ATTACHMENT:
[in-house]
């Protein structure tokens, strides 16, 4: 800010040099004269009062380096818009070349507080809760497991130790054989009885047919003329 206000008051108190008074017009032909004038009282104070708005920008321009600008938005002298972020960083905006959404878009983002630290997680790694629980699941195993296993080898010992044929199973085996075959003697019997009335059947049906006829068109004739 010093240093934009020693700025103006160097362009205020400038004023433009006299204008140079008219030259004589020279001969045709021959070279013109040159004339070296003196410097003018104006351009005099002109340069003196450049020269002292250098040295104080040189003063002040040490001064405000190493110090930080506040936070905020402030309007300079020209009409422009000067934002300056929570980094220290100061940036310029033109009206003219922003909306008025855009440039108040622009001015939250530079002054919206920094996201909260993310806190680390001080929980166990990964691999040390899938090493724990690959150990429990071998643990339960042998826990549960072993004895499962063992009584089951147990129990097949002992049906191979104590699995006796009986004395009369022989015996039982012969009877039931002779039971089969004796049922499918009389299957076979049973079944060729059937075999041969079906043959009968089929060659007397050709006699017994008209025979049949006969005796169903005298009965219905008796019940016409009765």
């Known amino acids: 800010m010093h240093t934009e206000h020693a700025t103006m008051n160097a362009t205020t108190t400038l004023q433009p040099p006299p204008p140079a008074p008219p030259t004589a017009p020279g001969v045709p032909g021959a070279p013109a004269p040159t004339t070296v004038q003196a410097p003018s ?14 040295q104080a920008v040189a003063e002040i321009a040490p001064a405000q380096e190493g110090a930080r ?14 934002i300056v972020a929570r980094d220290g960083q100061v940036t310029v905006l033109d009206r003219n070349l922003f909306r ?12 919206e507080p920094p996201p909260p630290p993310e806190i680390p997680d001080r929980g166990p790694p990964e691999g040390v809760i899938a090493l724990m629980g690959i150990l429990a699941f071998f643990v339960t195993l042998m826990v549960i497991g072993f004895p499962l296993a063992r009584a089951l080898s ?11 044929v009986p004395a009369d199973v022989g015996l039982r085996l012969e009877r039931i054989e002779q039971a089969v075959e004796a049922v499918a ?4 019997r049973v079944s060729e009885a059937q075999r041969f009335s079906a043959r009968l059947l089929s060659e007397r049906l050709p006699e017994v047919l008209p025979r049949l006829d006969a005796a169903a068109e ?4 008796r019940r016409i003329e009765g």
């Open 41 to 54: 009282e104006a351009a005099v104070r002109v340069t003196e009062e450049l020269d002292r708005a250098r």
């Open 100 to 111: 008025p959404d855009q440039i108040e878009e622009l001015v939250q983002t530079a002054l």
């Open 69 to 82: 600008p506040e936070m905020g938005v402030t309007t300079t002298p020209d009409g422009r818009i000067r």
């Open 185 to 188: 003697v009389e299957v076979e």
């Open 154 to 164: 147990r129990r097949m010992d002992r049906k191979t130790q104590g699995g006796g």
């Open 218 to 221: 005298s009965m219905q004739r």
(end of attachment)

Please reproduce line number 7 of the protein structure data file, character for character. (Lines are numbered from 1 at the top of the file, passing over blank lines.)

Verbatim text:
């Open 185 to 188: 003697v009389e299957v076979e």